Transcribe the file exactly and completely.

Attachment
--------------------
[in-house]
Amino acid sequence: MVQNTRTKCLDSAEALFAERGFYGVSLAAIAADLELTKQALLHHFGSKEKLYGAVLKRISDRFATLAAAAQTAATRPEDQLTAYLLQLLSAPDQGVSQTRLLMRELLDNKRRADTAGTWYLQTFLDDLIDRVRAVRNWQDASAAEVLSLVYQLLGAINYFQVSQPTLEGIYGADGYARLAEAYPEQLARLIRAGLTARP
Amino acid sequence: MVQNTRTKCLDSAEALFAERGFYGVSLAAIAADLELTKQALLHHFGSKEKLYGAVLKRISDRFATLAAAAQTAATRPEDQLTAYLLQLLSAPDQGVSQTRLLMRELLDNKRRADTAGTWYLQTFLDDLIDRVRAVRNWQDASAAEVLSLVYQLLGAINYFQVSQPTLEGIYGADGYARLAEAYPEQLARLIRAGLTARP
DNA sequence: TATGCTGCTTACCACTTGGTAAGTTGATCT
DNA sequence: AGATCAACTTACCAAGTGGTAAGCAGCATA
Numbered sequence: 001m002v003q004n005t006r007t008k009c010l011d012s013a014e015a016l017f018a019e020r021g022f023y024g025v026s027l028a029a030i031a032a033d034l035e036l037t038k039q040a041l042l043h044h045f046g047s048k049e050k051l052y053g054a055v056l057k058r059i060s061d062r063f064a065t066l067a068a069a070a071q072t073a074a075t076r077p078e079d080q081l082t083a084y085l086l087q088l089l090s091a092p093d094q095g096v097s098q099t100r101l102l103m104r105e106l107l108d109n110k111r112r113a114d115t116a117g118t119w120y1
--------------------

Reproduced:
[in-house]
Amino acid sequence: MVQNTRTKCLDSAEALFAERGFYGVSLAAIAADLELTKQALLHHFGSKEKLYGAVLKRISDRFATLAAAAQTAATRPEDQLTAYLLQLLSAPDQGVSQTRLLMRELLDNKRRADTAGTWYLQTFLDDLIDRVRAVRNWQDASAAEVLSLVYQLLGAINYFQVSQPTLEGIYGADGYARLAEAYPEQLARLIRAGLTARP
Amino acid sequence: MVQNTRTKCLDSAEALFAERGFYGVSLAAIAADLELTKQALLHHFGSKEKLYGAVLKRISDRFATLAAAAQTAATRPEDQLTAYLLQLLSAPDQGVSQTRLLMRELLDNKRRADTAGTWYLQTFLDDLIDRVRAVRNWQDASAAEVLSLVYQLLGAINYFQVSQPTLEGIYGADGYARLAEAYPEQLARLIRAGLTARP
DNA sequence: TATGCTGCTTACCACTTGGTAAGTTGATCT
DNA sequence: AGATCAACTTACCAAGTGGTAAGCAGCATA
Numbered sequence: 001m002v003q004n005t006r007t008k009c010l011d012s013a014e015a016l017f018a019e020r021g022f023y024g025v026s027l028a029a030i031a032a033d034l035e036l037t038k039q040a041l042l043h044h045f046g047s048k049e050k051l052y053g054a055v056l057k058r059i060s061d062r063f064a065t066l067a068a069a070a071q072t073a074a075t076r077p078e079d080q081l082t083a084y085l086l087q088l089l090s091a092p093d094q095g096v097s098q099t100r101l102l103m104r105e106l107l108d109n110k111r112r113a114d115t116a117g118t119w120y1